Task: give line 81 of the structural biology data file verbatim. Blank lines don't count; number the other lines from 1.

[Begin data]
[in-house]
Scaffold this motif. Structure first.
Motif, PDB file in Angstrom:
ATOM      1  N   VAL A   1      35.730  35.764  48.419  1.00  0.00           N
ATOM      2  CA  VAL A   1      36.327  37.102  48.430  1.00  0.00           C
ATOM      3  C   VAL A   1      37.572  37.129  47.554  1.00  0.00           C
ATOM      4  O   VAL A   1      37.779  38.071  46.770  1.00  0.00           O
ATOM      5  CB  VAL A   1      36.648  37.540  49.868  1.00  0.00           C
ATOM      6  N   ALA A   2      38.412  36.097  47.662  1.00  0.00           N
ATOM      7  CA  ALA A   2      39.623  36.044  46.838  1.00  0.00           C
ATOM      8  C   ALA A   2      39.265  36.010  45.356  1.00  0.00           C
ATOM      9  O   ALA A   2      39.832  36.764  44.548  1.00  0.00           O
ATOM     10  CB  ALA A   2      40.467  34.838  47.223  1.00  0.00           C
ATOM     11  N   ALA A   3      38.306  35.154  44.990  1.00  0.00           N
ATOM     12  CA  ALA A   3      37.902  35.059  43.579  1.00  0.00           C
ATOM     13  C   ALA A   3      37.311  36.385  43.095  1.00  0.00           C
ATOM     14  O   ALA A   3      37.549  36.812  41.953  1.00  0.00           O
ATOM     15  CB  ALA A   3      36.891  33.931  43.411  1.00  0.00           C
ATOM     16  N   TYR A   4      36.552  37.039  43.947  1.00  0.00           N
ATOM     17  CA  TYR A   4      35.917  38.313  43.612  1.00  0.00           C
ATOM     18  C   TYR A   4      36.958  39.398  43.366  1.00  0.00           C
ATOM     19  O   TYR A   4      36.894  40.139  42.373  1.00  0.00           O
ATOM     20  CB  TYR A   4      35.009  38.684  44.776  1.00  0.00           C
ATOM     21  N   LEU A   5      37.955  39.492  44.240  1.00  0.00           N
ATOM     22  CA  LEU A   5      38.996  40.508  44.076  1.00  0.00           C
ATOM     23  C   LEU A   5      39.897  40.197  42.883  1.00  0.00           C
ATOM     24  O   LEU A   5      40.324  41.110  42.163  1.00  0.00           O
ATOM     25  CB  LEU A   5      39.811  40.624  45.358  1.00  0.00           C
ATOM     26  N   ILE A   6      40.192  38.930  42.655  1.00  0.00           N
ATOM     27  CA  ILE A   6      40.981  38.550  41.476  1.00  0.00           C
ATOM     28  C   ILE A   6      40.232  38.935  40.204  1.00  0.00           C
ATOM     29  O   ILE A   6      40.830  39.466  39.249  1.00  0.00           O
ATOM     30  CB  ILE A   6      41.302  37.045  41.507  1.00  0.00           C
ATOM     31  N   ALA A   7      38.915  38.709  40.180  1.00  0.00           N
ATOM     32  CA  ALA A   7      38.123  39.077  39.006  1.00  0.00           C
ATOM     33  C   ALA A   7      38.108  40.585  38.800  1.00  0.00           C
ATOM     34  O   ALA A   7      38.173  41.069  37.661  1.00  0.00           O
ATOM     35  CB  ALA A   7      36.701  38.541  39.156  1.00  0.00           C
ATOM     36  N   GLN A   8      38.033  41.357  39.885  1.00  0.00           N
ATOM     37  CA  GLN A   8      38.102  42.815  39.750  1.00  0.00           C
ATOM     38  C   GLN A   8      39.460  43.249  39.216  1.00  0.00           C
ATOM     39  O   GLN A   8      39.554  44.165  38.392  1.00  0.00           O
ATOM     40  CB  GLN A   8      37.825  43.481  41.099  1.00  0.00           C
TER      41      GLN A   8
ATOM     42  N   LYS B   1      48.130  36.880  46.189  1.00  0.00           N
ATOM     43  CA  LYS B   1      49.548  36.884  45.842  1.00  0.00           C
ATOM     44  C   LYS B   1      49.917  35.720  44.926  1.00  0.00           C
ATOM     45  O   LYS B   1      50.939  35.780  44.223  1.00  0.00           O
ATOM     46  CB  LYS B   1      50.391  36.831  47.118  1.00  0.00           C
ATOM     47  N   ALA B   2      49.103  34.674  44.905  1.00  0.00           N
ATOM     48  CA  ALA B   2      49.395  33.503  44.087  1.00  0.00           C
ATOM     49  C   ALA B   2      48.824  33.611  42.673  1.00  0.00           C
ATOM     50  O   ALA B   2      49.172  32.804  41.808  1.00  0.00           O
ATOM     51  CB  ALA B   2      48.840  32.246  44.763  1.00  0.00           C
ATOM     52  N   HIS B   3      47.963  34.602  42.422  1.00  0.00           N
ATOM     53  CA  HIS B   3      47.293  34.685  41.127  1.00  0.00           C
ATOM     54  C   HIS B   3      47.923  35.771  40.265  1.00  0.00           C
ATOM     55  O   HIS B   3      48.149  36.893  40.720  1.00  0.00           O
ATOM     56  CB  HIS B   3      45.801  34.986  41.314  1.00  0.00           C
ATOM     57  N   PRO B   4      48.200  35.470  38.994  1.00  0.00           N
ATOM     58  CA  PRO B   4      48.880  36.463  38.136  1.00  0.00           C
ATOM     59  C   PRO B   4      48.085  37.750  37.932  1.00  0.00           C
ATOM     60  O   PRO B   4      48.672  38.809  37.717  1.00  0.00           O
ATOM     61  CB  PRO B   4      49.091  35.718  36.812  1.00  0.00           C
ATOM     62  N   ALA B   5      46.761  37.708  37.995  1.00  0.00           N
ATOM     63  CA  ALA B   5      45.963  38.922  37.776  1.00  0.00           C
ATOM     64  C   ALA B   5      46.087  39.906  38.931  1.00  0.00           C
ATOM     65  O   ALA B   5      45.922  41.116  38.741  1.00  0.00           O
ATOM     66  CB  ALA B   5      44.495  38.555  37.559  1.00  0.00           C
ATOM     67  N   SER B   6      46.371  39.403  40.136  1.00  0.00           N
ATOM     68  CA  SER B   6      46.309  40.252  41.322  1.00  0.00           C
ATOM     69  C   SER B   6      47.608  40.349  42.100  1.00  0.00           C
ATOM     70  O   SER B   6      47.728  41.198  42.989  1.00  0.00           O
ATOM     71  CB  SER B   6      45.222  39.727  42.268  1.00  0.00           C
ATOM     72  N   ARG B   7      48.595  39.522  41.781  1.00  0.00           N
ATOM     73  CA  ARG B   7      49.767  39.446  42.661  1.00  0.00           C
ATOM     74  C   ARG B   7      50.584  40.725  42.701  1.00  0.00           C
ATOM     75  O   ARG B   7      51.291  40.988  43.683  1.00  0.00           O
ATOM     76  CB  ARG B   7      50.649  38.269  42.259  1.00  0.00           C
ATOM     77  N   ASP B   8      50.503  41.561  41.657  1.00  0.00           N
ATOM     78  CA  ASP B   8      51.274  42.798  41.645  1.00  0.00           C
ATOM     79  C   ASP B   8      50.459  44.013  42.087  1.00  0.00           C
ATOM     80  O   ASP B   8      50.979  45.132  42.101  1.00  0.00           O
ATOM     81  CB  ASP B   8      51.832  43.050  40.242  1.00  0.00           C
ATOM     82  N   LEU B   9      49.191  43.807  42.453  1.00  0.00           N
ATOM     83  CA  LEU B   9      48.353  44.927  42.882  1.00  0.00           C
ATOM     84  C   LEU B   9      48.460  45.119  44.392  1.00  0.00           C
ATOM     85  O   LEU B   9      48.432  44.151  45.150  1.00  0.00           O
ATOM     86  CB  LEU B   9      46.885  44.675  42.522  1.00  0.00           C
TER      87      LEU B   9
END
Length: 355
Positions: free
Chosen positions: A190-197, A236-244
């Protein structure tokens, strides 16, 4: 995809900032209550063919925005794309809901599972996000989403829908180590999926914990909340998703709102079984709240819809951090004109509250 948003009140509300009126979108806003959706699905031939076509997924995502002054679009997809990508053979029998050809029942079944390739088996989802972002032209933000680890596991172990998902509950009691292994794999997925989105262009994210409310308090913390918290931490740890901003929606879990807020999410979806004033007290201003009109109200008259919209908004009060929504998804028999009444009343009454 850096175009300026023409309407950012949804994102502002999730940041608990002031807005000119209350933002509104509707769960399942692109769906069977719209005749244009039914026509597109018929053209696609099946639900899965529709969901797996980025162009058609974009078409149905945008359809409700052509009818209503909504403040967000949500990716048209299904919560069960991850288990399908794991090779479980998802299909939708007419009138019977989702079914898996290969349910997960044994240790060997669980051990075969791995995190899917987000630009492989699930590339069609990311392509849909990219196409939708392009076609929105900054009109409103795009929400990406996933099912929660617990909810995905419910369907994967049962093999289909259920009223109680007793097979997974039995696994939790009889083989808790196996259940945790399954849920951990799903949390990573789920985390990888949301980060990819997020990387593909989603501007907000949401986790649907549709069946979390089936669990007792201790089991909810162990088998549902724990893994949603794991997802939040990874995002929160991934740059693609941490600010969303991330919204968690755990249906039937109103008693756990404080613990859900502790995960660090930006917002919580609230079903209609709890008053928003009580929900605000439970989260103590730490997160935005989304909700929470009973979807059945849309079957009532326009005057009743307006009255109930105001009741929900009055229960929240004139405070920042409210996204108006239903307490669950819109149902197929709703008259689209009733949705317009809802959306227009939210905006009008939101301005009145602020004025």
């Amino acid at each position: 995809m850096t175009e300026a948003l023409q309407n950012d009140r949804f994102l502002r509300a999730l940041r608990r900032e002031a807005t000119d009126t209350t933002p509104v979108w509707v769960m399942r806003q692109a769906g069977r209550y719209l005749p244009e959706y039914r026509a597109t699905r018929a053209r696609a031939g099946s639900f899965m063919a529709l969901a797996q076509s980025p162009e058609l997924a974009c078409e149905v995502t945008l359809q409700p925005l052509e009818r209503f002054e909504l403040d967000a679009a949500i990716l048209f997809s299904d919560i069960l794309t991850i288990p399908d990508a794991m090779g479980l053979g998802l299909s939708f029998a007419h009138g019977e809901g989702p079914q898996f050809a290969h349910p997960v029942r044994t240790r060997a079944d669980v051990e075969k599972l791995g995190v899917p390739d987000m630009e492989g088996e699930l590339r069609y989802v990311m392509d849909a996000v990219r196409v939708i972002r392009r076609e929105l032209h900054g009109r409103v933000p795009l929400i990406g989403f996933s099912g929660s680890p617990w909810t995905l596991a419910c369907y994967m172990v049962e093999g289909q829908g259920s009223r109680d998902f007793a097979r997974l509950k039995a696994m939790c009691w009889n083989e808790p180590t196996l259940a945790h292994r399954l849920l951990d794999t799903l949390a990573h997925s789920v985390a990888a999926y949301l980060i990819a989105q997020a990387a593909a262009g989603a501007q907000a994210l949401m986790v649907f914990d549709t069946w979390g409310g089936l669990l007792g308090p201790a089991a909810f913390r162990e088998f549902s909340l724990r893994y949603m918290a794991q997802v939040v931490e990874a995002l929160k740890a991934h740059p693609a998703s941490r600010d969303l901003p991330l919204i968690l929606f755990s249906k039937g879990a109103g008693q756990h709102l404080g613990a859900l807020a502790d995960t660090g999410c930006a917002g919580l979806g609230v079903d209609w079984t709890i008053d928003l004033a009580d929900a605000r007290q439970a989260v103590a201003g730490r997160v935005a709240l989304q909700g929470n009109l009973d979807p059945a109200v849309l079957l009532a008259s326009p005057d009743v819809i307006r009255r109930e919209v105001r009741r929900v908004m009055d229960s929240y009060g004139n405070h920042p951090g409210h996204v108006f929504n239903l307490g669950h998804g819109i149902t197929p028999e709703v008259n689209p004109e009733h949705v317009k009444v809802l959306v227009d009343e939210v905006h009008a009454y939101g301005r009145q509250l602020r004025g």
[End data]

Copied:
ATOM     78  CA  ASP B   8      51.274  42.798  41.645  1.00  0.00           C